The mother of four extended her birthday vacation as she wanted a longer break to spend with her family. "When I'm working from home, I sometimes have to put my kids' needs on hold. It has been crazy, juggling work and taking care of my 16-month-old daughter," said the civil servant, who has two other daughters - Munize and Mishel, aged six and nine, and a four-year-old son, Maqil.

The family spent a relaxing day in the hotel playing snakes and ladders and ended the evening with the Disney film Maleficient.

"The kids packed their toys and we bought our own bath bomb from Lush. The hotel even provided a rubber duck for the bath. My kids loved it," she said.

Although they spent only one night in the hotel, Ms Atirah was able to squeeze in some time for self care since the hotel is conveniently located in Marina Bay.

"I had a massage at Suntec City and my son managed to get a haircut too," she said.

Learning Singapore's culture and history with the young

Housewife Low Fang Ting, 34, with one of her three children, Ashley, two, posing in front of a Little India mural. Ms Low has been bringing her three children out on tours to learn more about the city's unique precincts.
Housewife Low Fang Ting, 34, with one of her three children, Ashley, two, posing in front of a Little India mural. Ms Low has been bringing her three children out on tours to learn more about the city's unique precincts. PHOTO: COURTESY OF LOW FANG TING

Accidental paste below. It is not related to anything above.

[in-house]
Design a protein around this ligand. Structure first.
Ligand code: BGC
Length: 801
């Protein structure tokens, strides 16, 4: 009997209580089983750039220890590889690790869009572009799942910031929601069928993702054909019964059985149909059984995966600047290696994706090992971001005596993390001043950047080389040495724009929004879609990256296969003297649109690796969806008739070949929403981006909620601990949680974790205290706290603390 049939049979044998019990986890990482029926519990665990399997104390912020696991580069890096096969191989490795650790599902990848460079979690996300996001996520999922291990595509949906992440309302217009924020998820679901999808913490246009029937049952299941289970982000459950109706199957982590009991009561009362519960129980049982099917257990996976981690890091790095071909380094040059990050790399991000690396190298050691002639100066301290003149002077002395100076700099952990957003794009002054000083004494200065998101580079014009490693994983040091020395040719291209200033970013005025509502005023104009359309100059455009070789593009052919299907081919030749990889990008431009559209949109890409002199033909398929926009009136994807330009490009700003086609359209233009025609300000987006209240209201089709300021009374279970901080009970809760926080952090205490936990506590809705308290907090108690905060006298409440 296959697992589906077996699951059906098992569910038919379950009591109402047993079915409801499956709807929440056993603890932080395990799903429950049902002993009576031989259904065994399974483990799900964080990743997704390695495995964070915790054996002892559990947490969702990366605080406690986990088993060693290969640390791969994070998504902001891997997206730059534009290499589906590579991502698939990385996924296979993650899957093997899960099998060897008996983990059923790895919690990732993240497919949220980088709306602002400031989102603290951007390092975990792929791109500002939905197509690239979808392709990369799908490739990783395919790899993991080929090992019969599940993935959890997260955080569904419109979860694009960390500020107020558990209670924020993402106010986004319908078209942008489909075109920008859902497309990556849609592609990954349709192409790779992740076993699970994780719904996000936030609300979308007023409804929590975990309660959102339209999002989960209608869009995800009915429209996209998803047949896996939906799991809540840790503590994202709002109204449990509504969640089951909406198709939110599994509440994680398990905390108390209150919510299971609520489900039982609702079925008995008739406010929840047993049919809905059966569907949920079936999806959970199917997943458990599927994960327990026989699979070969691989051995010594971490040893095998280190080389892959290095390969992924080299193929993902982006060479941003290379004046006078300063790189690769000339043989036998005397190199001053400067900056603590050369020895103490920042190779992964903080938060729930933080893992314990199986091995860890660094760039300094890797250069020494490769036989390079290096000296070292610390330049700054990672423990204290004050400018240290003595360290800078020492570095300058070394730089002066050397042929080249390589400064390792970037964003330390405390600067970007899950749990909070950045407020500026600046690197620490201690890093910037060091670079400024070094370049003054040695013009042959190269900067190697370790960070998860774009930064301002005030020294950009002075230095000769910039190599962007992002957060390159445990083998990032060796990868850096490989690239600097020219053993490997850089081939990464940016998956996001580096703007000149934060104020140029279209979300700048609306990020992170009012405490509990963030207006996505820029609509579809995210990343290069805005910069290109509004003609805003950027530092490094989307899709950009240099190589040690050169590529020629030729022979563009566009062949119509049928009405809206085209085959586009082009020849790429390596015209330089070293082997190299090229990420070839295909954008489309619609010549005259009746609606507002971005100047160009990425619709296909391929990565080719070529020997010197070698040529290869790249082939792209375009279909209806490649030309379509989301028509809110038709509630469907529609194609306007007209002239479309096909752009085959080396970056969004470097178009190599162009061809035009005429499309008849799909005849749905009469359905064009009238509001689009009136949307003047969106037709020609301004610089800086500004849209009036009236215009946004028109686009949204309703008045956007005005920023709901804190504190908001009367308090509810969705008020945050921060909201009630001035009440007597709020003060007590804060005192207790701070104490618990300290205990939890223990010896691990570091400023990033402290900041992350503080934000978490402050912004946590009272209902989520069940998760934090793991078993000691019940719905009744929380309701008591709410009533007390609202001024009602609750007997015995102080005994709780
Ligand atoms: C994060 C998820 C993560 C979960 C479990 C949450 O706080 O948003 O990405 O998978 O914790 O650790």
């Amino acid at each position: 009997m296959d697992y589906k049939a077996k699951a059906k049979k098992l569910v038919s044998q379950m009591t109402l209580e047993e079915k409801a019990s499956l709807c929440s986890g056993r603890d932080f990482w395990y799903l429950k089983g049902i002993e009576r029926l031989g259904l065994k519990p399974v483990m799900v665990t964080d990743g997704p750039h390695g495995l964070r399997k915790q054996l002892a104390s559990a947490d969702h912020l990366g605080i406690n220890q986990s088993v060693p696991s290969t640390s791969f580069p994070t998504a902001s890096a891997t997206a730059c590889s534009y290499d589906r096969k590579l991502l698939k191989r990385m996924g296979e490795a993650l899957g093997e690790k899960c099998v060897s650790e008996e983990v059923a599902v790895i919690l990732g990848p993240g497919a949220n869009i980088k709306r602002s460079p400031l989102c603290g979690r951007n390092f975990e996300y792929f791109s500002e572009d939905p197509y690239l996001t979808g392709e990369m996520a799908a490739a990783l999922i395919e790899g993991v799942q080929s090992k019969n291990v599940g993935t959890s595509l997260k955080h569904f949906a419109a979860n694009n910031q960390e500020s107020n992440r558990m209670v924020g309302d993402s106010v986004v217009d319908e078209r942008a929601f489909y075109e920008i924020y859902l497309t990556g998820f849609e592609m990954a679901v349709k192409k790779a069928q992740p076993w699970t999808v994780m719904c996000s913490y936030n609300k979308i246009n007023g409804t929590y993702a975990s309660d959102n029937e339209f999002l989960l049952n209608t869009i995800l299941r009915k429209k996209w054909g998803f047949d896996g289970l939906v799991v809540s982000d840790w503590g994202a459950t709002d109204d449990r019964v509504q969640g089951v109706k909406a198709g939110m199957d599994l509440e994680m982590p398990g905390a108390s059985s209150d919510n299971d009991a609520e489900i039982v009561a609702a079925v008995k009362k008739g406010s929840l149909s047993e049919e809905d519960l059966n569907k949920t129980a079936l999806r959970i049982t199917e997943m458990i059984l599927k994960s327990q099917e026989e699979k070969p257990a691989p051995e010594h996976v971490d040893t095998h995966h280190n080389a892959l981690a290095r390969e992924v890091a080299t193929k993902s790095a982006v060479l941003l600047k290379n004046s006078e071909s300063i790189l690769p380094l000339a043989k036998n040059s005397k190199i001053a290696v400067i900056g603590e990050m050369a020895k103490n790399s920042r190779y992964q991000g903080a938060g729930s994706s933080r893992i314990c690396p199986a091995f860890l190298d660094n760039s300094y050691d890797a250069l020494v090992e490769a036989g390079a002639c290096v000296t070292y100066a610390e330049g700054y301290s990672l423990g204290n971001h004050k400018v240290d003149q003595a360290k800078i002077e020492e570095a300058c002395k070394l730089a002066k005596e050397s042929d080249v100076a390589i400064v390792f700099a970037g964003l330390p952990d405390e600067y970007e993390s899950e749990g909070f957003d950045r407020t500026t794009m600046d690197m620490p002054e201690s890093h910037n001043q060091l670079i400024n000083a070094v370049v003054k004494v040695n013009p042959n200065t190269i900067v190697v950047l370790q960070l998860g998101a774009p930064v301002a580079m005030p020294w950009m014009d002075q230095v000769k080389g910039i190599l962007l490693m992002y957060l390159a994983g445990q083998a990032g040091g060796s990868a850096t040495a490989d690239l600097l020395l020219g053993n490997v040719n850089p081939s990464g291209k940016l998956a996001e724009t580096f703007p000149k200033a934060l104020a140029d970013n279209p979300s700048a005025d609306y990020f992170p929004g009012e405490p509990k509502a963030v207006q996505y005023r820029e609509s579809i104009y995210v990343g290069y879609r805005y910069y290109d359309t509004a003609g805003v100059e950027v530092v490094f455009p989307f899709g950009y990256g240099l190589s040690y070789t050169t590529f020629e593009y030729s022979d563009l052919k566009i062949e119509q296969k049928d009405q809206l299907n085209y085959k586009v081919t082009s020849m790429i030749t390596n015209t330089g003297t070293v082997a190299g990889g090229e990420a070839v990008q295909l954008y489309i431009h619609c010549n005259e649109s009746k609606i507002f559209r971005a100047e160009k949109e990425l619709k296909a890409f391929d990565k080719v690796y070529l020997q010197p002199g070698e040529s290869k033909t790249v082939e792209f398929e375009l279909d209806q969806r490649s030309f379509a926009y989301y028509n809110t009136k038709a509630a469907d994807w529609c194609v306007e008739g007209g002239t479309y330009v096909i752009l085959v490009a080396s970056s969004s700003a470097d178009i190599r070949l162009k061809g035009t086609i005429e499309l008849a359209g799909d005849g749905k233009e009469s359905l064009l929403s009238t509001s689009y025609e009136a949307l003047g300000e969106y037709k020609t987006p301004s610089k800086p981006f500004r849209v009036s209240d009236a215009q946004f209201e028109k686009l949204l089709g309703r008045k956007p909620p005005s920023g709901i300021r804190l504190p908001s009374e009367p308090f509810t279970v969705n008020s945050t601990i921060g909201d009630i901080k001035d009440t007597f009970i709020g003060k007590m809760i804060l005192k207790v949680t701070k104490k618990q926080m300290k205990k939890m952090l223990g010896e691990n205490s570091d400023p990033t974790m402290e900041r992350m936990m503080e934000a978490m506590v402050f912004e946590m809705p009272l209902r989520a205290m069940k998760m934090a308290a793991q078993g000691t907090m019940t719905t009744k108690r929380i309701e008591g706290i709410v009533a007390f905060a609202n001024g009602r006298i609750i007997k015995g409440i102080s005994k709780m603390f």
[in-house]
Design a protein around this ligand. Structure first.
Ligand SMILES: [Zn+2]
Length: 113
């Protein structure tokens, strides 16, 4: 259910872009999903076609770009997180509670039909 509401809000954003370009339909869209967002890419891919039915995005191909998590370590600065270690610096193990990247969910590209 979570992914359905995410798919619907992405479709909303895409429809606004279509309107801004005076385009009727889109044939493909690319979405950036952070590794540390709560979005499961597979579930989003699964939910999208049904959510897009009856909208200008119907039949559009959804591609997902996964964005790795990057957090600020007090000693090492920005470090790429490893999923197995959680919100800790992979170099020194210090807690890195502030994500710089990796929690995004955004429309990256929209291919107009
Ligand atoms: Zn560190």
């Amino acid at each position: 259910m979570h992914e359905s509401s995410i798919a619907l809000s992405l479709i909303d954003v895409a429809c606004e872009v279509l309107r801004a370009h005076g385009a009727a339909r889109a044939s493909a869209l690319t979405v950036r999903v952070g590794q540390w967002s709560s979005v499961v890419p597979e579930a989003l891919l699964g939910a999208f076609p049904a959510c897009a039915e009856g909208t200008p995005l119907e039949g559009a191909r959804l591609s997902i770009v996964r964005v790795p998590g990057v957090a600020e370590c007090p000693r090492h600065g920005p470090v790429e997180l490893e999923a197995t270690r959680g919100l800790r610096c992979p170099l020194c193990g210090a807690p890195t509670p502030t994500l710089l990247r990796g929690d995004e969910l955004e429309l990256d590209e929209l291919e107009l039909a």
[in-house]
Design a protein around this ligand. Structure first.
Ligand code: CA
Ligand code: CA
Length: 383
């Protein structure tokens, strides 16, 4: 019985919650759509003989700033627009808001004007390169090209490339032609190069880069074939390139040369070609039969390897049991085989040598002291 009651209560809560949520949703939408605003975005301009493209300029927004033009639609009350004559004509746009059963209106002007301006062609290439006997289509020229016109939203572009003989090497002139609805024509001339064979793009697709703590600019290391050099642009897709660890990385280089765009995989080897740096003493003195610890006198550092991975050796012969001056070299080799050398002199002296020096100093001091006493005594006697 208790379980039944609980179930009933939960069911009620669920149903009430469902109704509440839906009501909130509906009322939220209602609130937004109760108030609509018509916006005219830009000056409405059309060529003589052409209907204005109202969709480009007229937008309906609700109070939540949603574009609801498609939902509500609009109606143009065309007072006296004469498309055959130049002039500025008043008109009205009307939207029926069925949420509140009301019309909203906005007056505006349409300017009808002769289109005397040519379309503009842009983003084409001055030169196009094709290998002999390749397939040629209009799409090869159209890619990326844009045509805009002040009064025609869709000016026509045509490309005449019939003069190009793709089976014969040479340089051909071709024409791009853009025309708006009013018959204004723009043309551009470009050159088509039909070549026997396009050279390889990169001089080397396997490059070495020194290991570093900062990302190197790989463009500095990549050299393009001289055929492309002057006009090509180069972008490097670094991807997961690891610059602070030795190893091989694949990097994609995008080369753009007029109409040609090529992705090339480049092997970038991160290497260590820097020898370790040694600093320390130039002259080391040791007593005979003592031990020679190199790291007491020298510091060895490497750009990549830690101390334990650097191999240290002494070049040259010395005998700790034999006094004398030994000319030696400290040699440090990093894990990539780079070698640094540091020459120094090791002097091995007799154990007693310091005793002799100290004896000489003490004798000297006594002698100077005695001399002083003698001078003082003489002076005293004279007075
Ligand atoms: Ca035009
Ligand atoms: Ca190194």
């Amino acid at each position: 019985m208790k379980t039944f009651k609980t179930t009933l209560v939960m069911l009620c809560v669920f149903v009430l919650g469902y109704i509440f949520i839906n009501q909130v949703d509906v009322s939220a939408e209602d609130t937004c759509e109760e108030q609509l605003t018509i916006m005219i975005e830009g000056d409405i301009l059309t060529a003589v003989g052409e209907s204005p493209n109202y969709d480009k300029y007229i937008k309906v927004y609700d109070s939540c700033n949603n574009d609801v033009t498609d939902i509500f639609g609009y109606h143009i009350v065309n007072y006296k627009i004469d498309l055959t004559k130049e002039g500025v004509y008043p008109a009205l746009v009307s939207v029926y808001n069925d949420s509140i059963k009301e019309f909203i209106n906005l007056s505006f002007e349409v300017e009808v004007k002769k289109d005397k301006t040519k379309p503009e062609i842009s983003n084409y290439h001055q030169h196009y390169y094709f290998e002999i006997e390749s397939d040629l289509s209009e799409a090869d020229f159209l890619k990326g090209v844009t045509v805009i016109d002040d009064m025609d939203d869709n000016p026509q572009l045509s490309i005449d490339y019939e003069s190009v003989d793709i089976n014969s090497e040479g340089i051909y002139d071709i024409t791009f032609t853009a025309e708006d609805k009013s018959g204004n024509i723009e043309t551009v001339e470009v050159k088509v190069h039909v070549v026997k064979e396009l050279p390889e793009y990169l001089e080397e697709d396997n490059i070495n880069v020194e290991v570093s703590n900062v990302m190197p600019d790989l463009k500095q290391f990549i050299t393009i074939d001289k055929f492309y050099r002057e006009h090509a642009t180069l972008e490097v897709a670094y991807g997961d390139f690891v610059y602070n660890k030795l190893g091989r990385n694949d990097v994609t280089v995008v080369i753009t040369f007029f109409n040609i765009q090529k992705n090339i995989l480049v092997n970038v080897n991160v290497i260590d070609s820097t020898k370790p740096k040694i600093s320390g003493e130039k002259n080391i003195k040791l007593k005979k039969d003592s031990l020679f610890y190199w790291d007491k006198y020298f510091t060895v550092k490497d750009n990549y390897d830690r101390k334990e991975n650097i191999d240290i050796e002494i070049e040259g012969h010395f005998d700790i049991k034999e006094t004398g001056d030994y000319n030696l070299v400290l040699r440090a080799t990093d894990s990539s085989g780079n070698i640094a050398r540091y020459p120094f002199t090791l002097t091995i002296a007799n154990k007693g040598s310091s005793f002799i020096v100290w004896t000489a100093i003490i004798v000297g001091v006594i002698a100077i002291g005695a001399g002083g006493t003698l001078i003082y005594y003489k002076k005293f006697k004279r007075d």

Since September last year, housewife Low Fang Ting, 34, has been bringing her three children out on tours to learn more about the city's unique precincts.

Most recently, they went on a two-hour-long outing in Little India, organised by tour operator Monster Day Tours.

Although walking tours, like cycling and kayaking trips, can have up to 20 participants, Ms Low and her three children - Ashley, 2, Caleb, 4 and Hayley, 5 - were the only ones on the tour.

"My tour guide could really cater to our needs. We skipped a few places when my children were tired from walking. He could also answer all their questions," said Ms Low.

One highlight was visiting a coffee shop in Little India where her guide ordered chapati for them for breakfast.

"It was my children's first time trying this. They are not so used to the spicy taste but they liked it," she said.

Ms Low paid $50 for her Little India tour tickets which she bought from GlobalTix using SingapoRediscovers vouchers.

The family also visited The New World arch located outside the Farrer Park MRT station.

"It was nostalgic for me, having seen this in movies. I could also tell the kids that their grandparents visited the New World Amusement Park last time," she said.

She is on the lookout for a tour in Chinatown after the Chinese New Year decorations have been put up.

In September, she visited Kampong Glam with her children and husband, also with Monster Day Tours.

"I prefer cultural tours. It's an educational opportunity for my children. And they are learning about racial harmony in schools," she said.